First I am NOT:
1. a photographer
2. a writer
3. an engineer
4. a trained motorcycle mechanic
Nor do I play one on TV and I did not stay at a Holiday Inn Express last night.
I have, however, replaced a neutral switch on a GL1000 without removing the engine. Here I am going to attempt to repeat that procedure and document with pictures and a narrative. I will be using my 78 'budget restore' project bike (7 of 9) and this should be very similar on all GoldWings 1975 thru 1981.
This is where I'll be today. The lower right front of the engine, right behind the lower frame engine mount. What a place!
There is a neutral switch in there somewhere.....
First I removed the exhaust pipes from the right side of the engine. How you have to do yours will vary, depending on type and condition of the exhaust. You may need to drop the entire exhaust system rather than risk damaging a joint or weak spot. I was lucky and just had to remove the header pipes.
Then drain the oil.
Now we can get to the task at hand, sorta... The 1000's have Phillips head screws holding the oil screen cover on, the 1100's have hex head bolts. Three of the screws I could access with a hand impact driver, the frontmost one is however impossible to get to with any type of screwdriver. The Honda manual shows an offset screwdriver to get to it, yeah right! I used a small pair of vice-grips to lock on to the head and break it loose.
Once loose, I backed it out by hand and removed the cover and screw together. I don't know on the 1100 bolt, but you may have to "flex" the frame at this point in order to get it out.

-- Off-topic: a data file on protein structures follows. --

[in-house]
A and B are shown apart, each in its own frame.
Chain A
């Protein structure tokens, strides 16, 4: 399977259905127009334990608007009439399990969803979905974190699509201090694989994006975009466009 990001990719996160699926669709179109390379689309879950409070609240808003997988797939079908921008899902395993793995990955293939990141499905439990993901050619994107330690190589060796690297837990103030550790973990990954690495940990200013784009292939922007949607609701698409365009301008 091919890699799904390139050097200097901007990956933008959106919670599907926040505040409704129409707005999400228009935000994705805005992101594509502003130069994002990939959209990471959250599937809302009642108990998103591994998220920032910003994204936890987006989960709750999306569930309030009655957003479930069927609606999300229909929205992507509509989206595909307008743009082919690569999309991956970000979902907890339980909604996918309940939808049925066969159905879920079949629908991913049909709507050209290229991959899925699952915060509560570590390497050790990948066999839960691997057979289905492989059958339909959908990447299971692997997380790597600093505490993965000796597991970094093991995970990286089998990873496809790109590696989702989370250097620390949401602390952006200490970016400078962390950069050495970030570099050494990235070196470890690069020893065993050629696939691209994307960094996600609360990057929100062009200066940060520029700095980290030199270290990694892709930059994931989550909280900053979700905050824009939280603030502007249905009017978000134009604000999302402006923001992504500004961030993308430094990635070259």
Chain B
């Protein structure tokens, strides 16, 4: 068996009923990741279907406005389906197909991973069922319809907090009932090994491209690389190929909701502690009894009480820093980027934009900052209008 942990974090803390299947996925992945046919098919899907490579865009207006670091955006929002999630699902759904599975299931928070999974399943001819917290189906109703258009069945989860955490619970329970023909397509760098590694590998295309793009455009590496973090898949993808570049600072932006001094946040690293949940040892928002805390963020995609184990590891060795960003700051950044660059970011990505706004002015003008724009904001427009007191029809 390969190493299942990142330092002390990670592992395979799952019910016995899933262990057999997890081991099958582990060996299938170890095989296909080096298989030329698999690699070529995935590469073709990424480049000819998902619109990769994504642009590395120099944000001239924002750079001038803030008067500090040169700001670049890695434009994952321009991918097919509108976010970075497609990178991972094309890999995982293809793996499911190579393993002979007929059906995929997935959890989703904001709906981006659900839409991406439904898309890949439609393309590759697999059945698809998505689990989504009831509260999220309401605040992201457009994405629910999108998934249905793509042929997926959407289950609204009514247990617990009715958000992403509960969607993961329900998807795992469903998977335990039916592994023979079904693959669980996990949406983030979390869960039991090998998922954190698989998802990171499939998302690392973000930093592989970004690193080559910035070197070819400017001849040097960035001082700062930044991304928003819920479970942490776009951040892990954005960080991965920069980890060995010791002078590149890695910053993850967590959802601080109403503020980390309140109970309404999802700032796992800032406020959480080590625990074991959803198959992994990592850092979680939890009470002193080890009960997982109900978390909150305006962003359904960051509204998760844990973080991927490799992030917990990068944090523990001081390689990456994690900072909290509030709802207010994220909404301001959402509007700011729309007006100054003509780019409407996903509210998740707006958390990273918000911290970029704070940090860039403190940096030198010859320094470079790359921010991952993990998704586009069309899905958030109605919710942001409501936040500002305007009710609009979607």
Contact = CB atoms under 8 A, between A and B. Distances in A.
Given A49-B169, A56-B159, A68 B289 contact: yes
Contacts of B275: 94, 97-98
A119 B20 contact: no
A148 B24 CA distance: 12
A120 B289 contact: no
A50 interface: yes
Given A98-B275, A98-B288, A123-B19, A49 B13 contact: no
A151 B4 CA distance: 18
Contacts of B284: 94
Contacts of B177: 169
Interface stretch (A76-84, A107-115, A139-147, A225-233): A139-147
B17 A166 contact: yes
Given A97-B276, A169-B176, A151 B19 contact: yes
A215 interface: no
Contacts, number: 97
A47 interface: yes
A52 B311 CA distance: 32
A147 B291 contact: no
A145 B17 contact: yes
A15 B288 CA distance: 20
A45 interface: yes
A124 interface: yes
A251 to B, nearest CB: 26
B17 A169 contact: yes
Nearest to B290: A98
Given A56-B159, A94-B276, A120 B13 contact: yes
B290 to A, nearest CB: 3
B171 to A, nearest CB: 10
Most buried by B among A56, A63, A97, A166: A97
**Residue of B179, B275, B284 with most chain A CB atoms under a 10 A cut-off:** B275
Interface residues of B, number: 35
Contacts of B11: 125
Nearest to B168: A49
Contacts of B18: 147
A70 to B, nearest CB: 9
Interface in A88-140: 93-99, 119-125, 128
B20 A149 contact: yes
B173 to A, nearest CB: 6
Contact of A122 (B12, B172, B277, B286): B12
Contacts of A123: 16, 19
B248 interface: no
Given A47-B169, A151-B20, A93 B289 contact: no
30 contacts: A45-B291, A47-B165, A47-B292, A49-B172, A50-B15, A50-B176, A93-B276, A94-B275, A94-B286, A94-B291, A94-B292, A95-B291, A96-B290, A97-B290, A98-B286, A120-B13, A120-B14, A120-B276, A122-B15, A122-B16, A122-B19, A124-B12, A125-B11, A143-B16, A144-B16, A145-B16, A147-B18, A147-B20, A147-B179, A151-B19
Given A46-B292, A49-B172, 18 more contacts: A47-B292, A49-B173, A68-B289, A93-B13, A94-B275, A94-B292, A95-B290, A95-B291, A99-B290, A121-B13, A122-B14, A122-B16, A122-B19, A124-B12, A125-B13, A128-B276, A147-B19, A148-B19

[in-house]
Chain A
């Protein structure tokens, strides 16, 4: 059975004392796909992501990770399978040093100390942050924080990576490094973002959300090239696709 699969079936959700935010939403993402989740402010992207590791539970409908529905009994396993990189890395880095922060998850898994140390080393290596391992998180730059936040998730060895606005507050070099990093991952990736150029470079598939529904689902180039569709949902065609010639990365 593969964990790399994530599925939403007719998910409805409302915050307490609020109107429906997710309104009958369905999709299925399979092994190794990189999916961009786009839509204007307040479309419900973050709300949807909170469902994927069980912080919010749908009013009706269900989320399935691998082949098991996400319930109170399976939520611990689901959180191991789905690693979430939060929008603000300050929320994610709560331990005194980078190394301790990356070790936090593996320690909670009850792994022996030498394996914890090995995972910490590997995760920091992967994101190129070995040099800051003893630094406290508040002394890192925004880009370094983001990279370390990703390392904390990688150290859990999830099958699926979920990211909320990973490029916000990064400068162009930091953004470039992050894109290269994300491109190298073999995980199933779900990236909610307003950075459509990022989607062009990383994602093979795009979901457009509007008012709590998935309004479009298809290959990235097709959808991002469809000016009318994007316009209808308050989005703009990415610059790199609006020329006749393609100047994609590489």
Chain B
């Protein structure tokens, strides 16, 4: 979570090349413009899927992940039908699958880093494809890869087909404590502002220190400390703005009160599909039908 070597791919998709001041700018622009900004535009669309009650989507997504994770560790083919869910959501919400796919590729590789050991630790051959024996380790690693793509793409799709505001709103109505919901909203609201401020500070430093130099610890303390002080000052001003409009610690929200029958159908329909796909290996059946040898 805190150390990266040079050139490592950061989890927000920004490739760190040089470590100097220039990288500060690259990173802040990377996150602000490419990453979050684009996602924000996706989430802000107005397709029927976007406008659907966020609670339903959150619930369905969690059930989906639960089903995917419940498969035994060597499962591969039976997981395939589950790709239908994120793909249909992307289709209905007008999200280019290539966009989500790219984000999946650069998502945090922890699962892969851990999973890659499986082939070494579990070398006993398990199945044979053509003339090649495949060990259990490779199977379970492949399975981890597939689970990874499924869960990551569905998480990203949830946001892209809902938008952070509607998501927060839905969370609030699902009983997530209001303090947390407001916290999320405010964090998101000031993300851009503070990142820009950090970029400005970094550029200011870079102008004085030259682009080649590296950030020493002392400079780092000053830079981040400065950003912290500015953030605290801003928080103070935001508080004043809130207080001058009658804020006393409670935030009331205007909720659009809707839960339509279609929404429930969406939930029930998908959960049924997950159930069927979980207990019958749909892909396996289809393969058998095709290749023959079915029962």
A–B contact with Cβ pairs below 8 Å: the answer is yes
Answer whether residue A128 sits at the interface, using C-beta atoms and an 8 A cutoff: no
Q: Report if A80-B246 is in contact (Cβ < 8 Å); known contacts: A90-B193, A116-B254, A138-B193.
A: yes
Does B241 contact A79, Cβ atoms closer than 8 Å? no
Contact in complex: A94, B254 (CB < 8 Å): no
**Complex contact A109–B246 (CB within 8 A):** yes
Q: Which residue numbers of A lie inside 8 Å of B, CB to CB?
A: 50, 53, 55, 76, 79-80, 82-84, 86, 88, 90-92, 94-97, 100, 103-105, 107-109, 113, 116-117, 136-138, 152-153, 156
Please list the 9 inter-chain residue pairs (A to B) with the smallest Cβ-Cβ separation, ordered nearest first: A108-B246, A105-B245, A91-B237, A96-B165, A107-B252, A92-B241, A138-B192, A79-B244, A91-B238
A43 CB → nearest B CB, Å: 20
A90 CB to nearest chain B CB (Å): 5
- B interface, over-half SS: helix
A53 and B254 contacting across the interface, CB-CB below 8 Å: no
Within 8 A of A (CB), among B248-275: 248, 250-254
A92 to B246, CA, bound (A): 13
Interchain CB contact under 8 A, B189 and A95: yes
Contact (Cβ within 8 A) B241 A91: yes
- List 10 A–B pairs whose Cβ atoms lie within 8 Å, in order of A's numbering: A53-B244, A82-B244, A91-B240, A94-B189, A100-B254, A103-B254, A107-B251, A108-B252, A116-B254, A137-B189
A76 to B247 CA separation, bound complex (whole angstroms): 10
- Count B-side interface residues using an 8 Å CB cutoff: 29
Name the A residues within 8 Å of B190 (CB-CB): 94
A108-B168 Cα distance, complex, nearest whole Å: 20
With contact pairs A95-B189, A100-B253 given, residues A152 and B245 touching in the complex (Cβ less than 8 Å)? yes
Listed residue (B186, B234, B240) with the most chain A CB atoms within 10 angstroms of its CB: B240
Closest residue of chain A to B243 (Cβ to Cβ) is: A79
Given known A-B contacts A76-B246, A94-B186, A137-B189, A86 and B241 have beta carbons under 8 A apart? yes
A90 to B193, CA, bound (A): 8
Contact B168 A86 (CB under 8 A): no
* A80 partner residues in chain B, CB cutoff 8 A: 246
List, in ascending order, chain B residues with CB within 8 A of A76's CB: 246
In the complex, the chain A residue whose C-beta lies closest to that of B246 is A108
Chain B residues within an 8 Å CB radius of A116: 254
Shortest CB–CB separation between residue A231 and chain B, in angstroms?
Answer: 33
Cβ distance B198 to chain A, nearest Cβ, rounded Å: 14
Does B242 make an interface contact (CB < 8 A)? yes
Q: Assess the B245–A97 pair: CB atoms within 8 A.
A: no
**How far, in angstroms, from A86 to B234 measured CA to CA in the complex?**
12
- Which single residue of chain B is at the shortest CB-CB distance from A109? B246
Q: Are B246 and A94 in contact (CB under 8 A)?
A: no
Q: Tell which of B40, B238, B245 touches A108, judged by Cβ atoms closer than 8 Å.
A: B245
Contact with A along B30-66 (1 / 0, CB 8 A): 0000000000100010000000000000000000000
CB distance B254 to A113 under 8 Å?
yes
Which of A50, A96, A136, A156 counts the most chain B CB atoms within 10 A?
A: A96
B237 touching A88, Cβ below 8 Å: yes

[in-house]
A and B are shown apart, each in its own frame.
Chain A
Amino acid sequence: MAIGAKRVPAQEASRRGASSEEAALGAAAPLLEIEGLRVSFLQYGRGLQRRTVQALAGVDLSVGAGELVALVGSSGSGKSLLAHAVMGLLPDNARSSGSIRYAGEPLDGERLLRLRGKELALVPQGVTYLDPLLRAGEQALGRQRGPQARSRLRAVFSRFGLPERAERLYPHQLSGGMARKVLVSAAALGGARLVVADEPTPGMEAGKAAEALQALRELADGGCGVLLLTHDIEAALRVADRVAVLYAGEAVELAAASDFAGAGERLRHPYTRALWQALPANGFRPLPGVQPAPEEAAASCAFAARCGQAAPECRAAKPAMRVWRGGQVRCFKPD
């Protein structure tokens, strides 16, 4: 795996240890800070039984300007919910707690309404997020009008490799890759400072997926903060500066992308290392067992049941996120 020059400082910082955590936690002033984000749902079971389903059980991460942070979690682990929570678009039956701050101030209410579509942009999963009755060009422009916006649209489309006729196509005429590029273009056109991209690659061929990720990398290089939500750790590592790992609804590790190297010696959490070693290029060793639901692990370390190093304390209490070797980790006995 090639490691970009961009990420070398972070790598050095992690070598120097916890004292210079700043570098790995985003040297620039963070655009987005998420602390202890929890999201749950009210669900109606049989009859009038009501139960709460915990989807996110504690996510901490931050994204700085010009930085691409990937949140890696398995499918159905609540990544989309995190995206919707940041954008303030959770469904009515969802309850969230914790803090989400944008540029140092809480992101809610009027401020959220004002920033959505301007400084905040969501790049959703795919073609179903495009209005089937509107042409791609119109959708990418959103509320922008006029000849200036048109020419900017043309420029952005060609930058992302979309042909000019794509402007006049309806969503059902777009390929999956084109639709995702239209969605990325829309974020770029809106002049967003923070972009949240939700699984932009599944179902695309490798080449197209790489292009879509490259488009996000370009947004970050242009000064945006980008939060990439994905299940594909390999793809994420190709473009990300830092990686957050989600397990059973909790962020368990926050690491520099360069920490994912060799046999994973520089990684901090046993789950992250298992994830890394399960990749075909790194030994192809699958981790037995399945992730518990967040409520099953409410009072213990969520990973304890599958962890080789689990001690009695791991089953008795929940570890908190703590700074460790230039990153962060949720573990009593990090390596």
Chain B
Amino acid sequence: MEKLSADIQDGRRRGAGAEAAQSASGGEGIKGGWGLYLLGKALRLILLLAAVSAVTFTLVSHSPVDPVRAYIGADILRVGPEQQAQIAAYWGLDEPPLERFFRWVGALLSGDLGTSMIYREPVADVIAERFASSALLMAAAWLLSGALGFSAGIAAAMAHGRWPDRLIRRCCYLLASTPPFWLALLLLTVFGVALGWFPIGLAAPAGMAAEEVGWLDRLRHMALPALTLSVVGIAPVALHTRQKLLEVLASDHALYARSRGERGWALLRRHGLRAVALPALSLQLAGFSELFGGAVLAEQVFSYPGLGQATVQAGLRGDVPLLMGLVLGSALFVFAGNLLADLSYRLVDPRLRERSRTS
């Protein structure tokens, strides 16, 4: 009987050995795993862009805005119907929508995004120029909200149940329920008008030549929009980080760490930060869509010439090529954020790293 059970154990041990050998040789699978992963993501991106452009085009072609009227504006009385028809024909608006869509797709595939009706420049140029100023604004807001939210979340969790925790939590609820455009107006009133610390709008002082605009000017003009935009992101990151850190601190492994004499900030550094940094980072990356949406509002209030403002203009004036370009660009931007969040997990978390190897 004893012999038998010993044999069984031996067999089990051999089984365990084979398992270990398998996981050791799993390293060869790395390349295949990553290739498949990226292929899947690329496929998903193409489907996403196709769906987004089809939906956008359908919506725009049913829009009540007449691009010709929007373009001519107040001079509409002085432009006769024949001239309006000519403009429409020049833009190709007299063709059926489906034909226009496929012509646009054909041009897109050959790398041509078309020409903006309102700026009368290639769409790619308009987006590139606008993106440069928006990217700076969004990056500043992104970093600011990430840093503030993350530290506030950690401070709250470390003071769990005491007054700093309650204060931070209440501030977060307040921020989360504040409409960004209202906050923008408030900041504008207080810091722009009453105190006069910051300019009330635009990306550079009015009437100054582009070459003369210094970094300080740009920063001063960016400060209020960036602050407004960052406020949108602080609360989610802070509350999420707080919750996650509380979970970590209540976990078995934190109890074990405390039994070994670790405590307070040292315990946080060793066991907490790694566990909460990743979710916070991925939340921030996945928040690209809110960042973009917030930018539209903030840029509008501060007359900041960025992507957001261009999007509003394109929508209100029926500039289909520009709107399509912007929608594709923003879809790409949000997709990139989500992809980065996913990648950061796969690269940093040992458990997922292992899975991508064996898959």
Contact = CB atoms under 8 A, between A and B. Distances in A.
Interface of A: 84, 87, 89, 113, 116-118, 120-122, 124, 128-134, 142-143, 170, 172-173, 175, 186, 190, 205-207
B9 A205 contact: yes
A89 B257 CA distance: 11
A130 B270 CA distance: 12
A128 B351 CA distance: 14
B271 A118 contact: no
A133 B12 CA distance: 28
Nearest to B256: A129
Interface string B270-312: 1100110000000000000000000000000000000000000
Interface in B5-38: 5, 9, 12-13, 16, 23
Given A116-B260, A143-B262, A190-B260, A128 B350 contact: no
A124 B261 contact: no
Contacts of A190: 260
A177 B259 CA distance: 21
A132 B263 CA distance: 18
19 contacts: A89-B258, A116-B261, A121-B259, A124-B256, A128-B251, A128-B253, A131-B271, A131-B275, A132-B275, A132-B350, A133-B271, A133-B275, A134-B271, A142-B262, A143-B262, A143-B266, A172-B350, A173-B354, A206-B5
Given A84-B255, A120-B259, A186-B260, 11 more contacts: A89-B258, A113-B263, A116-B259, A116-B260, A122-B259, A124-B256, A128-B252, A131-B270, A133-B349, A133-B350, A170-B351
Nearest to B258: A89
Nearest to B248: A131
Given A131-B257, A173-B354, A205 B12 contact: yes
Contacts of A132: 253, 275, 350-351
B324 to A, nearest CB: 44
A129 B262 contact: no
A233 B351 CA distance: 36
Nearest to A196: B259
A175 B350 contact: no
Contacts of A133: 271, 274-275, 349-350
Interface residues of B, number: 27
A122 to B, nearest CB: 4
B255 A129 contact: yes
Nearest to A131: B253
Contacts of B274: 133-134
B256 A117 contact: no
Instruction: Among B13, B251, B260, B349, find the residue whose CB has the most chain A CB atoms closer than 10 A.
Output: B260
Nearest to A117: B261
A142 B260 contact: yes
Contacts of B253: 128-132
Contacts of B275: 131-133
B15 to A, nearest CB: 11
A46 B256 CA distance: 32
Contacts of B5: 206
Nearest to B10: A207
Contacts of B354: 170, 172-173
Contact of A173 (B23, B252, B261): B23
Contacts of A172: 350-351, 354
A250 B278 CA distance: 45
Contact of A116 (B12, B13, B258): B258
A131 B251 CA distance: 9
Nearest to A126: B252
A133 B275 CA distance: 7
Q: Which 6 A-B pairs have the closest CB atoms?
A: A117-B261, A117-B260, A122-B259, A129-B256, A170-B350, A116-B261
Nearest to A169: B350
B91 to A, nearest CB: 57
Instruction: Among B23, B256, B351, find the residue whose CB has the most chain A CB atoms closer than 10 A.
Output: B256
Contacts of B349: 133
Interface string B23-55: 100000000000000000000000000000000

The screen wasn't really too bad, considering it's probably been there for 30 years.
To "flex" the frame I removed the lower engine mounting bolt and loosened the front sub-frame bolts, probably a quarter inch or so. Then forced a large flat blade screwdriver between the frame mount and the engine. You don't need a whole lot, but you do need some. Now for the switch. A wrench to get the retaining bolt started, then backed it out by hand.
The flats on the switch go vertical when installed. Using a screwdriver, I lightly tapped the top of the flat to rotate the switch. Probably 75 to 80 degrees. Enough to grab the switch by the flats with pliers and wiggle it out. Once out rotate the switch to come out by the oil screen access. Now you can get a screwdriver to it to remove the wire.
Total time so far, 45 minutes (your results may vary.)
Installation is reverse. Do yourself a favor and don't try a used one, been there done that.
Don't forget to use a shorter bolt in the frontmost of the screen cover (for all 1000's and 1100's). Will make things a lot easier if you ever need to be there again. I think the manual says 3 mm shorter. Also when attaching the wire, hold the switch with the flats on the sides and the drain hole down. Attach the wire exiting up. Then when you install it, with the wire going up, the drain hole will be down.
This is all the tools I used. No special Honda tools (read expensive), and I used what I had.
Total time, including taking pictures and clean up, about 2 hours.
Ron -- '78 Vetter/Interstate - 76 Full dressed in Vetter - 78 Nekid
"The ability to not have to have the last word, is a learned behavior.."
"Right now I’m having amnesia and deja vu at the same time - I think I’ve forgotten this before"